I find being fit and healthy inspiring. Waking up every day in good health should be an inspiration to all of us but often, it’s something we take for granted. I like to use that to help people less fortunate than me. All sorts of people have all sorts of health problems, none of which they ask for. Doesn’t it make you feel better if you can help them?


  What else is on the cards for you this year?


I work very closely with a group of filmmakers called Edge Ways, who produce trailers for my books, so one of the jobs yet to complete is a trailer for Implant. I have also finished a novella entitled Ryder On The Storm, which is a cross genre story, blending crime and the supernatural, mixing myths and legends with facts, which will hopefully be out later this year.


Here is the synopsis:


In 1855 the discovery of a body on a railway track sets off an investigation that runs into a dead end: an unsolved crime.
160 years later, the key to the solving the puzzle lies in a haunted house.
Based upon a true incident, Ryder On The Storm is a stand-alone supernatural crime novella from the author of the IMP series, featuring one of the popular characters, desk sergeant Maurice Cragg.


And I am currently two thirds of the way through another in the IMP series, entitled, Imperceptible, which examines the possibility of what you do when one of your own goes rogue, but that’s all I can give away for now lol.


Thank you Ray for taking the time to tell us about yourself and Implant. 


Bramfield, near Leeds, a sleepy little market town nestled on the border of West and North Yorkshire: a place where people tend to keep to themselves. A death they can understand. A murder they can t0lerate. But a crucifixion, well that’s something else.
Monday morning, as the clock strikes 9:00, Detectives Stewart Gardener and Sean Reilly come to the end of the line, a series of puzzles they have been trying to solve for six hours, which has led them to the naked corpse of Alex Wilson, nailed to the wall of a cellar in his uncle’s hardware store. His lips are sewn together and his body bears only one mark, a fresh scar near his abdomen. Above his head are two plain white envelopes.
They do not contain any answers, only further problems.
The scar however, hides a very sinister secret, and Gardener and Reilly think the death may have something to do with organ trafficking.
But they are wrong!
Alex Wilson is a well-known drug dealer, and they begin their investigation by arresting Jackie Pollard – another drug dealer known to the local police – found outside the shop.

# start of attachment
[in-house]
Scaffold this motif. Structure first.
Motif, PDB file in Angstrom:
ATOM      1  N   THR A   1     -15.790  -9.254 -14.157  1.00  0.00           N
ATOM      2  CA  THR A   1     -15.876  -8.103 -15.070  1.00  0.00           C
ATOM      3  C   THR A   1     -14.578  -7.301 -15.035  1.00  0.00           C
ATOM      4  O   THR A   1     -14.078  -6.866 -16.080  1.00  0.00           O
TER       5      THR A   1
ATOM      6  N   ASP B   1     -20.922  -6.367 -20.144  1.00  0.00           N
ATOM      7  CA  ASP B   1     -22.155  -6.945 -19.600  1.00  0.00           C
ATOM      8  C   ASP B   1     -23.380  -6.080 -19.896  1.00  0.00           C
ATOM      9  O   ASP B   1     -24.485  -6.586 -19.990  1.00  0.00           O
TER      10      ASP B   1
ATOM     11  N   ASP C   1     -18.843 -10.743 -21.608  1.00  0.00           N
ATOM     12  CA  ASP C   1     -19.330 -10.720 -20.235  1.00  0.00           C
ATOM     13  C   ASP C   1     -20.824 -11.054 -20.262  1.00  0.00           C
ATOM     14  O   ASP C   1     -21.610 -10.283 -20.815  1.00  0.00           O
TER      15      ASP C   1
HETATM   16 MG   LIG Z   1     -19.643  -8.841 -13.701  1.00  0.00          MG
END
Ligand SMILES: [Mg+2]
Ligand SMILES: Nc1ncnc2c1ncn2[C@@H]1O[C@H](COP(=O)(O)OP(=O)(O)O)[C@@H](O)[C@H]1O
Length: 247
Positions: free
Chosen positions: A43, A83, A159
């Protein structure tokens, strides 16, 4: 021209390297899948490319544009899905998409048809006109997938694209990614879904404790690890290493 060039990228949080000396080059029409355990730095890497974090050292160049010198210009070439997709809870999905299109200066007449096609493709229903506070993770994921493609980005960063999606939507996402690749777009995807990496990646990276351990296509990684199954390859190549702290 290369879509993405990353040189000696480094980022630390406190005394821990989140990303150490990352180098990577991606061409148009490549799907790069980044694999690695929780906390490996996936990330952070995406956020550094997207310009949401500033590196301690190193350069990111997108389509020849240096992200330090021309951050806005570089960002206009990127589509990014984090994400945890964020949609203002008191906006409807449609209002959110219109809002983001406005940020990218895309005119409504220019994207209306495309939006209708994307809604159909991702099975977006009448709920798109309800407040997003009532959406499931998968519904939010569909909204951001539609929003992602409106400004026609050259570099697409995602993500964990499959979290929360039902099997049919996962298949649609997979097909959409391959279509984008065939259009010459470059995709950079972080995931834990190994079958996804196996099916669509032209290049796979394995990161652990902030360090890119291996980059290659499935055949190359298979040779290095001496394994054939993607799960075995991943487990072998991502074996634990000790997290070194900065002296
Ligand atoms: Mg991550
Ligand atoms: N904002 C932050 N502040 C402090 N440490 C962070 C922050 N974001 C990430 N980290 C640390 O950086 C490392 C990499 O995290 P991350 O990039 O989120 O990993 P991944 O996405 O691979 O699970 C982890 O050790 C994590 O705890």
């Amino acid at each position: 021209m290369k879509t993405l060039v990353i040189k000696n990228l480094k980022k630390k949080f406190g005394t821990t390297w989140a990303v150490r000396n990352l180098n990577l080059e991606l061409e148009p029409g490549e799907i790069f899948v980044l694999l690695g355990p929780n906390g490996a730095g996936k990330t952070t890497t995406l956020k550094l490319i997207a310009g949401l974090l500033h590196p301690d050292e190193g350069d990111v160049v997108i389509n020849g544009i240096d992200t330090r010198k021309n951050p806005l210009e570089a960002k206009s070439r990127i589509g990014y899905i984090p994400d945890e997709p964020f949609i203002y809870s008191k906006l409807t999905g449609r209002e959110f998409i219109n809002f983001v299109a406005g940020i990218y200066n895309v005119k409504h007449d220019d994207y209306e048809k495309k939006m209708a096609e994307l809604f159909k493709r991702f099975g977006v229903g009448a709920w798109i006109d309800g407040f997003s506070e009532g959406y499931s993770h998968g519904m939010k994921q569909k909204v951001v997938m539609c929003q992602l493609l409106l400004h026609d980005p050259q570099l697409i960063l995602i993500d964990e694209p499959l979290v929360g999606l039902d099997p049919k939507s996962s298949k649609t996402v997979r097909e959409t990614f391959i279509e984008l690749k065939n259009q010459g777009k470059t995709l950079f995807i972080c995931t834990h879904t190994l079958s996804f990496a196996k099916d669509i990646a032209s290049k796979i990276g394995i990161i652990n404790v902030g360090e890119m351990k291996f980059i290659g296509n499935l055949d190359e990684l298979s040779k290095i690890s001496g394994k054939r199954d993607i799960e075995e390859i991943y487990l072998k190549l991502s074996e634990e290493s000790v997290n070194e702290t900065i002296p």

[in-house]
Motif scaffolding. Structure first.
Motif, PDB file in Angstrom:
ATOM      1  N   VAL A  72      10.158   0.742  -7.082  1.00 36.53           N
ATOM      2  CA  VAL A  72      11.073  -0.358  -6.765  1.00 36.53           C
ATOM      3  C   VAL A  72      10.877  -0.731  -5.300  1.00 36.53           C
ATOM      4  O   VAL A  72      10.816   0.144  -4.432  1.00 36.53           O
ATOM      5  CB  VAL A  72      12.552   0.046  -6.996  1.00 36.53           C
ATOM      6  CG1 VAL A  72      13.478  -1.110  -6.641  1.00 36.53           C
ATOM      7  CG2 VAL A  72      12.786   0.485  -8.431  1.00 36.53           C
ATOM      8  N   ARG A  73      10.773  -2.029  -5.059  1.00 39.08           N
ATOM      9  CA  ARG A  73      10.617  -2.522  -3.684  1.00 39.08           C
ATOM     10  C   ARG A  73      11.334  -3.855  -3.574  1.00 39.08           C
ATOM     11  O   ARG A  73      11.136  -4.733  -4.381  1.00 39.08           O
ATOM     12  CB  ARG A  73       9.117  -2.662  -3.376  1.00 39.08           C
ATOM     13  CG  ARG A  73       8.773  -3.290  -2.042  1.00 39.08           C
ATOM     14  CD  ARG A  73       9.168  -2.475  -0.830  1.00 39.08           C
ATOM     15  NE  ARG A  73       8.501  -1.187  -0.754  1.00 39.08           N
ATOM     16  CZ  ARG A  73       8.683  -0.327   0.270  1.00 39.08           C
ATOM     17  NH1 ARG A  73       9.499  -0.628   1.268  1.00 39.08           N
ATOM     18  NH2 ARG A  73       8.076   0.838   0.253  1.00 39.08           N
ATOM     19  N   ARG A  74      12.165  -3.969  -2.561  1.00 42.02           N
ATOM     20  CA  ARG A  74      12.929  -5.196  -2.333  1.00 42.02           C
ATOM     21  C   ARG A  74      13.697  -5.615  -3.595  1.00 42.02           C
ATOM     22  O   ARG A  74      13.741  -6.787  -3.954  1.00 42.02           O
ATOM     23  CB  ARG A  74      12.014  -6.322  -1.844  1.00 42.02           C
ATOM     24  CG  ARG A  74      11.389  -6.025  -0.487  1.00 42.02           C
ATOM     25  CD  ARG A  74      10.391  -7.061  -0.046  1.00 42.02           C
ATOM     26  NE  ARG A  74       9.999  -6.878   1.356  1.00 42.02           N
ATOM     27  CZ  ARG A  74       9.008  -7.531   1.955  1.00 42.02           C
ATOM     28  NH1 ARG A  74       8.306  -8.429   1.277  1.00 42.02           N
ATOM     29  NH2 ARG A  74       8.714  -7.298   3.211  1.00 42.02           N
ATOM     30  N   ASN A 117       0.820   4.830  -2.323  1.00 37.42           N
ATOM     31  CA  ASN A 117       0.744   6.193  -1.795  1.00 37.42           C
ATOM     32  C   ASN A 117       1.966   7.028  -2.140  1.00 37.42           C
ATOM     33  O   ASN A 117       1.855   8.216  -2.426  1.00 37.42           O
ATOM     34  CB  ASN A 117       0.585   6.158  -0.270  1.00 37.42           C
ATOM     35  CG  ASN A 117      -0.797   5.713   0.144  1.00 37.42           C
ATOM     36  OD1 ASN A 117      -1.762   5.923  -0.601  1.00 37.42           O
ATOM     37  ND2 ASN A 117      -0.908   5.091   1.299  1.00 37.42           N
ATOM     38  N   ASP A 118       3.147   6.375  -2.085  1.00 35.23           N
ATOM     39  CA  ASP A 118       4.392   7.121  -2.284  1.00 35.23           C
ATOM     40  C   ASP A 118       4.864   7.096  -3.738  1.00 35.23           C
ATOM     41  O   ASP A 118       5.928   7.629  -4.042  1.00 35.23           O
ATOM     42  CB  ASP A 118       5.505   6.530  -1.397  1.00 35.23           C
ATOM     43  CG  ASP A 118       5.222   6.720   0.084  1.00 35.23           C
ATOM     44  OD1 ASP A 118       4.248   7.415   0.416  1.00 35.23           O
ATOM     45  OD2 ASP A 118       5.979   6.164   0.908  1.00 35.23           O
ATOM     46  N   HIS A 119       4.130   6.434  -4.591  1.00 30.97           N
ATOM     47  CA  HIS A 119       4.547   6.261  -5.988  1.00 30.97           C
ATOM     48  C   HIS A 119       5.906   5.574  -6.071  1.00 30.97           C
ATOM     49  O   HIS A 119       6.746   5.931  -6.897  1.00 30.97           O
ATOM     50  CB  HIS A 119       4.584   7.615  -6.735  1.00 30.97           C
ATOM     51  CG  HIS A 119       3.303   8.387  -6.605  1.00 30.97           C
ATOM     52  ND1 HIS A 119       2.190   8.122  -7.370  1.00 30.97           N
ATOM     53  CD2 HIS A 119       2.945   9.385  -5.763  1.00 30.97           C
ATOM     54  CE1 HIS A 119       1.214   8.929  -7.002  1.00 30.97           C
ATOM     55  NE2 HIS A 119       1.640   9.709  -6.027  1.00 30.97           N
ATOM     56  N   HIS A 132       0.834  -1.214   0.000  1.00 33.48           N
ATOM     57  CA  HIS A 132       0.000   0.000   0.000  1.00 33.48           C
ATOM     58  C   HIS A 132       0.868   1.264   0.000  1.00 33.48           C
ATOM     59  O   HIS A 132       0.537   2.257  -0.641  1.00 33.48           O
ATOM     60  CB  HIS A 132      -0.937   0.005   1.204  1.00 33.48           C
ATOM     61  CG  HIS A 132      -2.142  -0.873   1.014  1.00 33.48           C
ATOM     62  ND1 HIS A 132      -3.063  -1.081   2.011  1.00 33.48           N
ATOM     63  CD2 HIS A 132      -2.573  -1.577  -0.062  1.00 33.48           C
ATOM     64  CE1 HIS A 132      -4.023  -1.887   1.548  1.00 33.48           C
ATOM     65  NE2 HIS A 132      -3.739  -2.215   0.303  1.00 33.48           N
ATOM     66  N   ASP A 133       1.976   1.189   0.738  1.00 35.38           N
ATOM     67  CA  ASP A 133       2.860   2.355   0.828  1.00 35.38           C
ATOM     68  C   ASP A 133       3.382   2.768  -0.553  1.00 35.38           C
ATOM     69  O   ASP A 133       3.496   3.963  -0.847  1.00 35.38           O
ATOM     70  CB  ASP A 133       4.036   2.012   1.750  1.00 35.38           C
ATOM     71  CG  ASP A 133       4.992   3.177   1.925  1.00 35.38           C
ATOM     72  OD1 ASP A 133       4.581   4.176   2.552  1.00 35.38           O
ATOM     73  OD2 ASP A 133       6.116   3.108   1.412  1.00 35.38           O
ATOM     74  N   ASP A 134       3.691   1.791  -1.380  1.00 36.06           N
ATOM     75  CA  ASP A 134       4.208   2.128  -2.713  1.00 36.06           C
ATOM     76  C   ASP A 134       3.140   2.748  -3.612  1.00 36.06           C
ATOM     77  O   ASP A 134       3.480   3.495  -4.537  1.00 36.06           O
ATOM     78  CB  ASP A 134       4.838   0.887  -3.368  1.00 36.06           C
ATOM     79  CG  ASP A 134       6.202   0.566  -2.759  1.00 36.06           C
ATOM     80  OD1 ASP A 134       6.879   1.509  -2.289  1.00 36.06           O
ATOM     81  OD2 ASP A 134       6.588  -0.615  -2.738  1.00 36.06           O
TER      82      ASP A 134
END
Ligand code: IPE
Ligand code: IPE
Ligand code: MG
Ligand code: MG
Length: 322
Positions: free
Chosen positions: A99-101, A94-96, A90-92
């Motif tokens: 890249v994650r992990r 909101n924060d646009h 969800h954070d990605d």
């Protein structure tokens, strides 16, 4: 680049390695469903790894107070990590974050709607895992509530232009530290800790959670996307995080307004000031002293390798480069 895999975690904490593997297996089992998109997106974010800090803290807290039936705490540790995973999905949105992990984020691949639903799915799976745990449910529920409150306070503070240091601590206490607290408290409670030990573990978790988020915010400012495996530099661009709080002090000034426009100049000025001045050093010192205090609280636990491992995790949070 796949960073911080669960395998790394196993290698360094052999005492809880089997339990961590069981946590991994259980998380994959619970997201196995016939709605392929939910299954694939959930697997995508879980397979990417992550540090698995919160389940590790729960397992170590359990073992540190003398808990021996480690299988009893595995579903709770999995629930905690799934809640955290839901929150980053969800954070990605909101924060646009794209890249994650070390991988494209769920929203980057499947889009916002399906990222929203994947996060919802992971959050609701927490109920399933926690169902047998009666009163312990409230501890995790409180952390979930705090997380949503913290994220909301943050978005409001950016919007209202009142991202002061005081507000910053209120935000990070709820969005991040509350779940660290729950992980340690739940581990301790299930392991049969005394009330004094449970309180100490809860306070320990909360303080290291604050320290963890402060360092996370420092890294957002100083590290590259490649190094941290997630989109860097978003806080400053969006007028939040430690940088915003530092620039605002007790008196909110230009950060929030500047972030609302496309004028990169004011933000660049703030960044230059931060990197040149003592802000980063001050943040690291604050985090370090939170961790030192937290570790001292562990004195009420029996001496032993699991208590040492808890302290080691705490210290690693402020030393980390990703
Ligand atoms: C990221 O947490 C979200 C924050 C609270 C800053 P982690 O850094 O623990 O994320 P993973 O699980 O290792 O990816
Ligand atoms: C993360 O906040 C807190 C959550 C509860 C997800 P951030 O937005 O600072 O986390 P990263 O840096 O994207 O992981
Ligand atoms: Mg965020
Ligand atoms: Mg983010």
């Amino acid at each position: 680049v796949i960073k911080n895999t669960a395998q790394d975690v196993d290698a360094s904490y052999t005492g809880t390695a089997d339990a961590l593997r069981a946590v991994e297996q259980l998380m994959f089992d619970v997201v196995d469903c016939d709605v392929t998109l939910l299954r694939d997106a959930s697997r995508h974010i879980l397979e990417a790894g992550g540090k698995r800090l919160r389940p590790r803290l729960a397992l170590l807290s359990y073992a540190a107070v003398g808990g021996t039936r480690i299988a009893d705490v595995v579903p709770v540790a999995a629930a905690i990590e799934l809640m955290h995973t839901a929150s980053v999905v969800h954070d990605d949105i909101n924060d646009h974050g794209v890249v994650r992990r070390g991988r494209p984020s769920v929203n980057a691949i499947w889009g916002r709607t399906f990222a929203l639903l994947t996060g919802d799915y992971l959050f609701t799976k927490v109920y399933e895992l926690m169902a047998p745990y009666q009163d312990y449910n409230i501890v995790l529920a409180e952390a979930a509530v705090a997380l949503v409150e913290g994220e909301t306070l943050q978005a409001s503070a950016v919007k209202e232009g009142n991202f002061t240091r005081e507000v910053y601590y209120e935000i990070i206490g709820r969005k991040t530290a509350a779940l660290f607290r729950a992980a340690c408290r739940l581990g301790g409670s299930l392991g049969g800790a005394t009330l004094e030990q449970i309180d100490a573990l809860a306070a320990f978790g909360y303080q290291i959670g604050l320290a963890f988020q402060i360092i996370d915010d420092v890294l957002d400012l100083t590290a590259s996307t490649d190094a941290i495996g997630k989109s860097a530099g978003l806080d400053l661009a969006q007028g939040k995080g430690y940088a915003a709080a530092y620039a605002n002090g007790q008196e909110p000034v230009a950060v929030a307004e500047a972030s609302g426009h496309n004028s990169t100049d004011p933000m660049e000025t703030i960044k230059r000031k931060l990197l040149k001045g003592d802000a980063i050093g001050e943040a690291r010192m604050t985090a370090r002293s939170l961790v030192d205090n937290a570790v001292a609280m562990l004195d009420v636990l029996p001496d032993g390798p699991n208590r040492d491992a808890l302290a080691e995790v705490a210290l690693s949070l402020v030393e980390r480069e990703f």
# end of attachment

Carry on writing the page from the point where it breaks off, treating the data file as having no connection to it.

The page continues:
Within twenty-four hours, their efforts culminate in one body, one suspect – with a motive but no evidence – and a number of other possible suspects, all of which, are missing.
With all the information they have, the detectives consider the murder to be drug related: a deal that has probably gone to the wall, with someone seeking revenge.
But they are wrong!
When one of their missing suspects finally turns up in a much worse predicament than Alex Wilson, the clock is ticking.
By the time they are forty-eight hours in, their investigation results in dead ends, more victims: no suspects and very little in the way of solid evidence.
Gardener and Reilly now realize that it’s time to answer one very important question. Considering everything that has happened, are the residents of Bramfield – who can understand a death and tolerate a murder – actually prepared for one of history’s most sadistic serial killer’s, The Tooth Fairy?


The Tooth Fairy: a children’s fable – or an adult nightmare?




Ray’s website: www.thelordofmisrule.net


Amazon UK

Buy Implant (Gardener and Reilly series) by Ray Clark (ISBN: 9781911583981) from Amazon’s Book Store. Everyday low prices and free delivery on eligible order

Amazon US

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Quick Fire at the Slaughterhouse: Interview with Paul D. Brazill







Paul Brazill is the master of Brit grit and hardboiled. His stories and novels ring like a chime out of a gangster flick, one with heavy overtones of London. He is adept at using contemporary culture to highlight and augment the inherent drama in his fictions, which are peopled with low lifes and hustlers. Paul met me at The Slaughterhouse, where we talked about Brit Grit and his new work.  

What are you writing right now?

‘The Days of Danny Spencer’. It’s the story of a disgraced ex-copper trying to put is life back together. It’s a London-set urban western, after a fashion

If you were to write a Carry On what would it be titled, and who among present actors would you cast in the lead roles?

It would be Carry On Expendables …